by Anne-Katelijne Rotteveel, Koninklijke Bibliotheek & Elke Muller, De Haagse Hogeschool, The Netherlands.
Between March 2021 and April 2023, a consortium (consisting of in the Netherlands: the National Library of the Netherlands/Koninklijke Bibliotheek, The Hague University of Applied Sciences and the Netherlands Institute for Sound and Vision; in Belgium: Media & Learning Association and Public Libraries 2030; and in Spain: Fundación Platoniq) carried out an Erasmus+ funded research project on news media literacy among Dutch, Belgian and Spanish young people aged 12-15. The acronym SMILES, which stands for ‘innovative methodS for Media & Information Literacy Education involving schools and librarieS‘, was chosen for the project title.
Main goals and research method
One of the main objectives was developing teaching materials for Dutch, Belgian and Spanish pupils aged 12-15 with the aim of making them recognise disinformation and making them more resilient against it. These teaching materials consist of five building blocks, each with a different theme. Another goal was forming pairs between librarians and secondary school teachers in the three European countries, who were empowered through train-the-trainer workshops to teach these building blocks to secondary school pupils. The approach, key objectives and an overview of the learning materials have been described in a previous article.
Another part of the project was to scientifically evaluate the effectiveness of the implemented lessons through impact measurement using ‘pre-knowledge tests’ and ‘post-knowledge tests’. Feedback from the pupils, teachers and librarians through surveys and interviews were used to evaluate the materials further.
The SMILES project started with conducting five so-called ‘Baseline studies’, or literature reviews. The focus was on what the different educational approaches in Spain, Belgium and the Netherlands were regarding disinformation and how these approaches can be linked. Based on this literature on disinformation, the knowledge tests were designed to conduct an impact measurement of the workshops among the trainers (teaching pairs) and pupils, respectively. These knowledge tests contained statements on disinformation that were answered correctly or incorrectly by respondents. The number of correctly answered statements prior to the lessons was compared to the number of correctly answered statements after the lessons. In this way, an attempt was made to prove a positive learning effect of the deployed lessons.
In addition to these quantitative analyses, qualitative results were also used to analyse and look at the extent to which the training provided to trainers (teaching pairs) and the learning materials for pupils proved effective in teaching, recognising and becoming more resilient to disinformation. In doing so, we also reflected on whether the methodology tested has been effective in the three countries: what are the best practices and where do we see areas for improvement? The results can be found in the evaluation report.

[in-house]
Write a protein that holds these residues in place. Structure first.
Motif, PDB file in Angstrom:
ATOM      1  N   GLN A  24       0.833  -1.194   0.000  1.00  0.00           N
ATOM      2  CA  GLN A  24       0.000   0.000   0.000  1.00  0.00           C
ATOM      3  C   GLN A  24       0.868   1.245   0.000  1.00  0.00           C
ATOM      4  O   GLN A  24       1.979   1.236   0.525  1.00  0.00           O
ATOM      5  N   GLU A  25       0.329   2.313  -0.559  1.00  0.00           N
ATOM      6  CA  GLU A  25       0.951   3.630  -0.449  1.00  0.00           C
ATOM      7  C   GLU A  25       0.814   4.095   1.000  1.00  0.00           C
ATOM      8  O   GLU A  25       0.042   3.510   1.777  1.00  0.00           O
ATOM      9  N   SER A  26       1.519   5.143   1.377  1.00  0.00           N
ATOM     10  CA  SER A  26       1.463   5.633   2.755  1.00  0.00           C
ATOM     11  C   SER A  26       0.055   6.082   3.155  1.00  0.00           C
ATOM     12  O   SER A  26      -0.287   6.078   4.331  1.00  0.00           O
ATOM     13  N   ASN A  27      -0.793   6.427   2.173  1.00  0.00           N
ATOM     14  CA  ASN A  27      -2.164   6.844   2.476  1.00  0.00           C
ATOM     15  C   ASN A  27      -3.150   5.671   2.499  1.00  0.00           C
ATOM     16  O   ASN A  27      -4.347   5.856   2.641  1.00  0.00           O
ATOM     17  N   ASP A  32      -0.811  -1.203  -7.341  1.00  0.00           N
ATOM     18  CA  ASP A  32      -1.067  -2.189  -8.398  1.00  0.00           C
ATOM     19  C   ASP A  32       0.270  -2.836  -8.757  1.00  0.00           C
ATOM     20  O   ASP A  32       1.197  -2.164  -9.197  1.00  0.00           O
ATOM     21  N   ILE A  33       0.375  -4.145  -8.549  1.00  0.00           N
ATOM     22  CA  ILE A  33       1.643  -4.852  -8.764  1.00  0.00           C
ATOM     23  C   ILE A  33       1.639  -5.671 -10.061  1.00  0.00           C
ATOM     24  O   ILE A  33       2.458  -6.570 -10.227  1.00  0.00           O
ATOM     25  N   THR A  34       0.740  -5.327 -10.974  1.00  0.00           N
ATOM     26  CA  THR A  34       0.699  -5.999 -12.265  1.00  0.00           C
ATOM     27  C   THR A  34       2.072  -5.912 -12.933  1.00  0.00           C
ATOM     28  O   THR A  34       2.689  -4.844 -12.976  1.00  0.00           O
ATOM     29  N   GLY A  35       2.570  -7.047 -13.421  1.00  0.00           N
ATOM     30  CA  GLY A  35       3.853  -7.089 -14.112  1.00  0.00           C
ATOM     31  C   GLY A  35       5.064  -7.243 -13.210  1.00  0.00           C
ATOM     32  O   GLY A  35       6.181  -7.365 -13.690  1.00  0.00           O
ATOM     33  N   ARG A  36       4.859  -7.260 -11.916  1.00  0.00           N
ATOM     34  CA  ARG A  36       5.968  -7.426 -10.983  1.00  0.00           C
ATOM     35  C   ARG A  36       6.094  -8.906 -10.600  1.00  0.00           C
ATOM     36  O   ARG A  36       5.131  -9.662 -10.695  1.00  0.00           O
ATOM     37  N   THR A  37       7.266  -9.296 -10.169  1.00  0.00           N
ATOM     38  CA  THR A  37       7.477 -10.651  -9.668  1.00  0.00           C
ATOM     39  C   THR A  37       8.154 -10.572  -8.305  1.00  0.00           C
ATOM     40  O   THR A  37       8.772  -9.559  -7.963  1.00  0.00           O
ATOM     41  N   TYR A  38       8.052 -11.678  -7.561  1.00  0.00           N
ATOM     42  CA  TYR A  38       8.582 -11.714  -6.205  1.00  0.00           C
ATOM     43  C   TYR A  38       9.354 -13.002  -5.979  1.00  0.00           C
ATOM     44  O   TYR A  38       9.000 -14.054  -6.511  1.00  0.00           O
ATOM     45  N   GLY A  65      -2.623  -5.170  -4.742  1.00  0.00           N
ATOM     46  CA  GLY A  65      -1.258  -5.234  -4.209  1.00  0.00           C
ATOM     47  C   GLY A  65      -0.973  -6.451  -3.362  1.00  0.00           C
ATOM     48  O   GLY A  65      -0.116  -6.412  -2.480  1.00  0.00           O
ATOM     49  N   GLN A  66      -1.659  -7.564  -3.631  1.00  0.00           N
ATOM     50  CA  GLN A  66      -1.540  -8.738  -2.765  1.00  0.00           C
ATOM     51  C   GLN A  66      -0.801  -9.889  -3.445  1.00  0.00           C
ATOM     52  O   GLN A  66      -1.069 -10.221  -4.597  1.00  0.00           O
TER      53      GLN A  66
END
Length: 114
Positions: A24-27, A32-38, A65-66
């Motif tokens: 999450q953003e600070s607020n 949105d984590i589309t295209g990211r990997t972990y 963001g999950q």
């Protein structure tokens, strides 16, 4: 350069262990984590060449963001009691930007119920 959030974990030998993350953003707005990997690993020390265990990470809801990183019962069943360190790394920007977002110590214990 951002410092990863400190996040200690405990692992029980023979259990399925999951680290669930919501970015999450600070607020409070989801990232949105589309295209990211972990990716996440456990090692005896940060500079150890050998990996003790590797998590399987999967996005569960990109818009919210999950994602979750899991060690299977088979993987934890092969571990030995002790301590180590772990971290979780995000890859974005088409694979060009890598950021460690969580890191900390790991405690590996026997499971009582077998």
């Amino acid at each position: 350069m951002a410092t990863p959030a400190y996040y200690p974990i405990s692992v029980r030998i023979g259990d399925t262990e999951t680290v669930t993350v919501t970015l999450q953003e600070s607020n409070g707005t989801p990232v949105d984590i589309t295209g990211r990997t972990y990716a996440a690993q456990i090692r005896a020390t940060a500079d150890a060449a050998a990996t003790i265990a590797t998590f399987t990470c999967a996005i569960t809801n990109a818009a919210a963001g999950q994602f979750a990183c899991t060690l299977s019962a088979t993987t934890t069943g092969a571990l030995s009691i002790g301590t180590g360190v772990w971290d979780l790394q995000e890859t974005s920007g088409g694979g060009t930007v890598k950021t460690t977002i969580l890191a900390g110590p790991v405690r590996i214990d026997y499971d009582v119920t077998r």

Results of the research
The analysis shows that the statements from the knowledge tests do not sufficiently match the building blocks to establish a significant learning curve. However, the knowledge tests also show that pupils self-report that they can tell the difference between disinformation and reliable news after following the lessons. In the Netherlands, 55% of pupils say so, in Belgium 63% and in Spain 44%. In addition, the pupils say they learned new things and want to know more about the subject of disinformation. A quarter of pupils in the Netherlands and Belgium state that they would like to learn more about the topic of disinformation; in Spain the figure is as high as 35%. The quantitative analysis also shows that over 40% of the pupils in the three countries enjoyed participating in the building blocks. Around 40-50% of the pupils say they will apply what they have learned in practice.
The qualitative results show that pupils found the building blocks interesting and that the SMILES lessons were a starting point for discussion, further activities, and deepening.
The knowledge tests filled in among the trainers (the teaching pairs) also show no significant differences between the number of correctly answered statements in the pre-training knowledge test and the post-training knowledge test. But the data do show that most trainers say that after attending the train-the-trainer workshops they felt confident to give media literacy training on disinformation to young people. In the Netherlands, 71% agreed with this statement, in Belgium 60% and in Spain 67% agreed. The qualitative results of the study also show that the implemented lessons have positive effects. Teachers indicate that pupils were interested in the teaching materials and felt that they gained knowledge around the topic. Teachers remark that the building blocks are well constructed and add to the existing teaching materials. All trainers therefore indicate that they will continue to teach the building blocks developed by SMILES, although they will sometimes do so in modified forms in the near future.
Anne-Katelijne Rotteveel, Impact Researcher, Koninklijke Bibliotheek & Elke Muller, Teacher and Senior Researcher, De Haagse Hogeschool, The Netherlands.